G8 trade talks 'typical of flawed process'

Josie Kirby

Last ditch trade talks "typical of flawed process". Rich Countries' efforts during the G8 summit to force through a deal in the beleaguered World Trade Organization talks have been criticised by campaigners for sidelining the world's poorest nations.

The poverty campaign group ActionAid argues that any WTO negotiations should be democratic and transparent, with all countries involved, rather than being settled by a small group of powerful nations in closed door sessions.

The EU and US are attempting to push through a deal which, according to the OECD, is worth less than 1 cent per day to each of the world's poorest people. Sub-Saharan Africa would be the biggest loser, say campaigners.

Moussa Faye, Director of ActionAid Senegal, said, "If the G8 uses this summit to make genuine concessions on trade, that would represent progress. But we are concerned that instead the most powerful WTO members will try to stitch up a deal without proper input from the world's poorest countries."
The United Nations Commission on Trade and Development, UNCTAD, has warned that under current proposals for a trade deal thousands of jobs could also be lost from the industrial sectors of countries like Brazil.

Adriano Campolina, International Director of ActionAid from Brazil, said, "The EU and US have tabled a deal that would secure access to lucrative industrial and services sectors across the developing world. The consequences for the livelihoods of millions in developing countries would be devastating. Brazil should stand alongside the world's poorest and reject what's on the table."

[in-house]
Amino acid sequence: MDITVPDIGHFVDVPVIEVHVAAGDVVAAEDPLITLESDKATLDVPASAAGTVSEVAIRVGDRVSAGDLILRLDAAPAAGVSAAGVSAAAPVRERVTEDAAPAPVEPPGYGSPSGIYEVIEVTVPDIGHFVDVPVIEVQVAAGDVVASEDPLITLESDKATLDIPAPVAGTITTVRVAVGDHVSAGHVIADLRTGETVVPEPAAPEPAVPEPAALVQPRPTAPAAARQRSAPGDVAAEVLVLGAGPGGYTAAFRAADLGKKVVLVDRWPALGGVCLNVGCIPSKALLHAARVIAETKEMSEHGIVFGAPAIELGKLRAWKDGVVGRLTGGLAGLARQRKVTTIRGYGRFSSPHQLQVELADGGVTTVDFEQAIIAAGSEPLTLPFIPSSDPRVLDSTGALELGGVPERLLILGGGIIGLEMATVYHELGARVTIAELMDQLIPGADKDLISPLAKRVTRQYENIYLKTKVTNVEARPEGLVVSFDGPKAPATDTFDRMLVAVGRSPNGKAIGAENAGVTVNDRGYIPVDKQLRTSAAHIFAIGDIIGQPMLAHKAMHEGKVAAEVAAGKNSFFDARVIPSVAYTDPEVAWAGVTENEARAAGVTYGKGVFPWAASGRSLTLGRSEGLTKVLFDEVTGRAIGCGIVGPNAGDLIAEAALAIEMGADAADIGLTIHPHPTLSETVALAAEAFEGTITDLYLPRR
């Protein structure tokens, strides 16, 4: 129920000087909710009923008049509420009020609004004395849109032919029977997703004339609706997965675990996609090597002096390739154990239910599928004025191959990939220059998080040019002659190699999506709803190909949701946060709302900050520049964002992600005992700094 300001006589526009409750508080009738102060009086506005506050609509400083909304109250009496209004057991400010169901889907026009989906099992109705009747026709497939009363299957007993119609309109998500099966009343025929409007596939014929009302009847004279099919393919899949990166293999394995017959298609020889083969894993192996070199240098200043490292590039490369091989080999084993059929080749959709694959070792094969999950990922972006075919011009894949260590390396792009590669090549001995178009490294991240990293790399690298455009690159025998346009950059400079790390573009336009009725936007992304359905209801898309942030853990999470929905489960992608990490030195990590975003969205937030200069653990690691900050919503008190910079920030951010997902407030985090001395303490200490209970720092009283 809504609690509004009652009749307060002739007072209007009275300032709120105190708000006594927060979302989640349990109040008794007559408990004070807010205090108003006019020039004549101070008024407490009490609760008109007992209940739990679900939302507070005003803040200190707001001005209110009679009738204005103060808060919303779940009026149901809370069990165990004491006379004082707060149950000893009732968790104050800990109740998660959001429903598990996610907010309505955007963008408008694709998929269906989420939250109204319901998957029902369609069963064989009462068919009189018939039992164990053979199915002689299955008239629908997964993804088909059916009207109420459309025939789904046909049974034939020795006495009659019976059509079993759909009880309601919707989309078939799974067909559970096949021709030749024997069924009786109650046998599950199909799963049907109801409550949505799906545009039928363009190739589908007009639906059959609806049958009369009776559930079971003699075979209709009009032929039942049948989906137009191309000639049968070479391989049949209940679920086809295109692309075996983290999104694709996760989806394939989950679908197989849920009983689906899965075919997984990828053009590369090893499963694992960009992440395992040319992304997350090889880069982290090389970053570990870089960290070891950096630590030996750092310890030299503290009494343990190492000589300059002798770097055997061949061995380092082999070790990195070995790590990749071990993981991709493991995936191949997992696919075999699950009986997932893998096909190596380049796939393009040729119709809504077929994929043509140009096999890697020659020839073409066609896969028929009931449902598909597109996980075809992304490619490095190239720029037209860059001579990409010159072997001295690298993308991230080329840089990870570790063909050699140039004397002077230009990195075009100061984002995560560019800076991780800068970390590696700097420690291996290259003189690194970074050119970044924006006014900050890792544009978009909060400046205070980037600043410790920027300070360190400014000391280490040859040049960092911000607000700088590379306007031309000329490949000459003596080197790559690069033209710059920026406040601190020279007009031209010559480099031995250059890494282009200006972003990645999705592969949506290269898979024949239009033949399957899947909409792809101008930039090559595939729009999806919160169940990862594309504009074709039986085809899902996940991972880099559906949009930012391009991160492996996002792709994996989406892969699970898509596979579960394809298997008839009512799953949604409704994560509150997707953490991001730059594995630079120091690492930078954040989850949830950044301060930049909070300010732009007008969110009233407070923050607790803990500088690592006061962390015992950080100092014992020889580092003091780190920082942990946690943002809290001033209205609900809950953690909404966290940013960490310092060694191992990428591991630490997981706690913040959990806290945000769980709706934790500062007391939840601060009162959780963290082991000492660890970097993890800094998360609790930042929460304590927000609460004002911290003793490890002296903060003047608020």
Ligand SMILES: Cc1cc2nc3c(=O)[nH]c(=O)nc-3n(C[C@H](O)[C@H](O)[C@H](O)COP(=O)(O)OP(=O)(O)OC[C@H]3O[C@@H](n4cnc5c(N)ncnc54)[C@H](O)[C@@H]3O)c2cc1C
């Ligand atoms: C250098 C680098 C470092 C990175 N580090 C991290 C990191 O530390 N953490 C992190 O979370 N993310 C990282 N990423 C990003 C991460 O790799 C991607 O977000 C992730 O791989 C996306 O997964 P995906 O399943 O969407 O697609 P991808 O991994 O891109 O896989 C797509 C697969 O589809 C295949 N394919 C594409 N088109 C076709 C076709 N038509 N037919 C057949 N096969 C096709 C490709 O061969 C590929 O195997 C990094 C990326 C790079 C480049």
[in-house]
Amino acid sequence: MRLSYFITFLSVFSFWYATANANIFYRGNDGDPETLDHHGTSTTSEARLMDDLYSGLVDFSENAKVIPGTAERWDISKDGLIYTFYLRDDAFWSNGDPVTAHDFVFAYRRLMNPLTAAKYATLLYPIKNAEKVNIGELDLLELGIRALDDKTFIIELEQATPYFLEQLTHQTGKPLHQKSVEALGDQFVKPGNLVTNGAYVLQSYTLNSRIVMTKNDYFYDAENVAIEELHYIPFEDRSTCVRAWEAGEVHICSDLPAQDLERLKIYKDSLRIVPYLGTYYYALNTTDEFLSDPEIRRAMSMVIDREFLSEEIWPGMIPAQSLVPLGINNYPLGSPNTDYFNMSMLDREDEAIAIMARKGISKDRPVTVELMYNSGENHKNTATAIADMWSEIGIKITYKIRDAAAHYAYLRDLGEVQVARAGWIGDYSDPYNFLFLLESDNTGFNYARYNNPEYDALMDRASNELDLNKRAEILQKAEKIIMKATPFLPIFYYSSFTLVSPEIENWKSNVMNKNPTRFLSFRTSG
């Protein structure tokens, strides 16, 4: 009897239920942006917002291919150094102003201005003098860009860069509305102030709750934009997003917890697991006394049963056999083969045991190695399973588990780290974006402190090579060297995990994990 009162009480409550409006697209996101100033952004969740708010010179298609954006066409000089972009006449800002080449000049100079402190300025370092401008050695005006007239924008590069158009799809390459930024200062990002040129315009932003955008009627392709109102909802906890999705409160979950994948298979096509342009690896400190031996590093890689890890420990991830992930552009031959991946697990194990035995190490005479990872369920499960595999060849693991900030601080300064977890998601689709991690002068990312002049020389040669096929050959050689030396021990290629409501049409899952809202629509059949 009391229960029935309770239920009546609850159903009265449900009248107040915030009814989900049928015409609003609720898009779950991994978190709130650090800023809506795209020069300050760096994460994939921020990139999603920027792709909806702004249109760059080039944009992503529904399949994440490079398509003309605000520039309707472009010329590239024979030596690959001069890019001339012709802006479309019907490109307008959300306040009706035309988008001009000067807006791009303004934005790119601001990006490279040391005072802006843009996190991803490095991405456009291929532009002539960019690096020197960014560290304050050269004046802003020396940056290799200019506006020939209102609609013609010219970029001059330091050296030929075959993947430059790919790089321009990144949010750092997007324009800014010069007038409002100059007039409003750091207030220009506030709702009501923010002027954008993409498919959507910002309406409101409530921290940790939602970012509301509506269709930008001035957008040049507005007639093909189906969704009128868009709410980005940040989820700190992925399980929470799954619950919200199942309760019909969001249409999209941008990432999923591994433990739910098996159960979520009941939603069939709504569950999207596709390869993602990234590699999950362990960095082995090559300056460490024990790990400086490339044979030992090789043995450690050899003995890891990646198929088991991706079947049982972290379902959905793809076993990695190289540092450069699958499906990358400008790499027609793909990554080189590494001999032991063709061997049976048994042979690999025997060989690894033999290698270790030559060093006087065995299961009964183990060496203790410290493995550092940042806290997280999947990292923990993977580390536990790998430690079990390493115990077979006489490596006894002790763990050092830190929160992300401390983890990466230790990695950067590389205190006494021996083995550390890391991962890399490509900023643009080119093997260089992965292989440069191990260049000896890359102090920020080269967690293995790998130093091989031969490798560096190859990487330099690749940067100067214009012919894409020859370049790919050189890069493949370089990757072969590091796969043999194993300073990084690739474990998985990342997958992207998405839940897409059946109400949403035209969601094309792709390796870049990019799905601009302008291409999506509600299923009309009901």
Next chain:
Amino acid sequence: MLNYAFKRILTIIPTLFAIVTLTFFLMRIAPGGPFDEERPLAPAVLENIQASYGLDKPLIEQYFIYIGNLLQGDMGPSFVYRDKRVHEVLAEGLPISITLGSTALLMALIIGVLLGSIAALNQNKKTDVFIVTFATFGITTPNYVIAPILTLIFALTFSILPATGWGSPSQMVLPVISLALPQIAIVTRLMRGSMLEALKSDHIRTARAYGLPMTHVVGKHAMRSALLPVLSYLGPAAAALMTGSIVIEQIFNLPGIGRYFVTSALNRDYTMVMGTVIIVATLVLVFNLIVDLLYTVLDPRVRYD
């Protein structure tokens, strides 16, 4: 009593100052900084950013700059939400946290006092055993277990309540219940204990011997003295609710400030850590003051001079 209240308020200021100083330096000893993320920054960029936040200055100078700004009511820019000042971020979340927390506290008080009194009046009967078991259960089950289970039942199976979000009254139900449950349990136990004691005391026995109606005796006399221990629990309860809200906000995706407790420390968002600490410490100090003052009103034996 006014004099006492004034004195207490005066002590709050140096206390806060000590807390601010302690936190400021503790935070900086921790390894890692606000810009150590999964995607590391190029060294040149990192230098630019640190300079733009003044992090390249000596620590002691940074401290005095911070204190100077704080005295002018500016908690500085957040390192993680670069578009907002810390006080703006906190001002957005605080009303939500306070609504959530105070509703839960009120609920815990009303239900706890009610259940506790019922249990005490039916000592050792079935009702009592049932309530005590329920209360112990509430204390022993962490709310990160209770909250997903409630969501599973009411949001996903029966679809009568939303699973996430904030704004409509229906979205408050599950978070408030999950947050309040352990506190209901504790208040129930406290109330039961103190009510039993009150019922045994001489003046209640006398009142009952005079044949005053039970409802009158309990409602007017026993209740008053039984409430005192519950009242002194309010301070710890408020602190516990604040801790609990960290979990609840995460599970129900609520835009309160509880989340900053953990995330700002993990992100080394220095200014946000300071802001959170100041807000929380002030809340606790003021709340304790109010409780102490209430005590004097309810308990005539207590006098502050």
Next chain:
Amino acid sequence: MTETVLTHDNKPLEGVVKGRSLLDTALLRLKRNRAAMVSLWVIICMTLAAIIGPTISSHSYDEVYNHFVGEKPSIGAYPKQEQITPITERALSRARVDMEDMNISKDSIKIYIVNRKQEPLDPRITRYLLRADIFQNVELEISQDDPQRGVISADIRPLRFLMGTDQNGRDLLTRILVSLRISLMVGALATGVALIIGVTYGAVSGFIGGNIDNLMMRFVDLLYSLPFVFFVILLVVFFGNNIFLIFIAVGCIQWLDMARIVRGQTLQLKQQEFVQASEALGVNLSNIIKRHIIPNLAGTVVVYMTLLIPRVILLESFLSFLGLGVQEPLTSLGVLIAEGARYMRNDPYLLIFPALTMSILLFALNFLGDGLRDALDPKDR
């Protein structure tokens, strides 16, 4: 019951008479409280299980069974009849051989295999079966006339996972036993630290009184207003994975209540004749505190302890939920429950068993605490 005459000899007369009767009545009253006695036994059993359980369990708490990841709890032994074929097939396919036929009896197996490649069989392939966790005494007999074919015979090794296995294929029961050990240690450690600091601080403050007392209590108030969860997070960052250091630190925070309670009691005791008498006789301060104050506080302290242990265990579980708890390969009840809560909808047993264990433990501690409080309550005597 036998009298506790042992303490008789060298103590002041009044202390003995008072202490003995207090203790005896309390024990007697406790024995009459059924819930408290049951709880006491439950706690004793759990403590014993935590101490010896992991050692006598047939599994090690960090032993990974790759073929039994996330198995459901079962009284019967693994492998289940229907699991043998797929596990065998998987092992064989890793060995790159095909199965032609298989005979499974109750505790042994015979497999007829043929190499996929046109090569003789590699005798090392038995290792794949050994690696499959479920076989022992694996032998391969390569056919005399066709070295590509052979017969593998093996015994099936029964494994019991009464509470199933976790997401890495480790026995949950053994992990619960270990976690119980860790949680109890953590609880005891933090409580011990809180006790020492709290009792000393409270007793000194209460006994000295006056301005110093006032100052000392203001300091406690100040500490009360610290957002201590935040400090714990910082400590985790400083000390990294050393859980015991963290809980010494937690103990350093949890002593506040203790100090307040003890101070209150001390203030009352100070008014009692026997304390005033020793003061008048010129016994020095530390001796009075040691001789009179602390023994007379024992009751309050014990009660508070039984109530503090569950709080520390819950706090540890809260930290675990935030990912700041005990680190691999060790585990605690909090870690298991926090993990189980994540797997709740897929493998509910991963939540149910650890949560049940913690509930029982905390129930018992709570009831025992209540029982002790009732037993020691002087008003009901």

ActionAid is calling on the US and EU to withdraw their aggressive demands of developing countries, and start discussions with developing nations on reforming the multilateral trading system.

John Samuel, Co- Convenor of the Indian National Social Watch Coalition, said, "The proposed St Petersburg discussions are unfortunately typical of the flawed and undemocratic process which has characterised this trade round. Prime Minister Man Mohan Singh should maintain India's strong stance and not forget the 360 million poor Indian farmers whose livelihoods depend on a pro-poor deal."

An ActionAid report released last month
WTO must reform exposed the tactics used at the WTO ministerial in Hong Kong last year. The report says that rich countries attempted to force through a deal via 'green room' exclusive gatherings, diplomatic arm-twisting, divide-and-rule approaches and 'take-it-or-leave-it' ultimatums.


ActionAid International works in Africa, Asia, Europe and the Americas to fight
global poverty and tackle the injustice and inequity that cause it.


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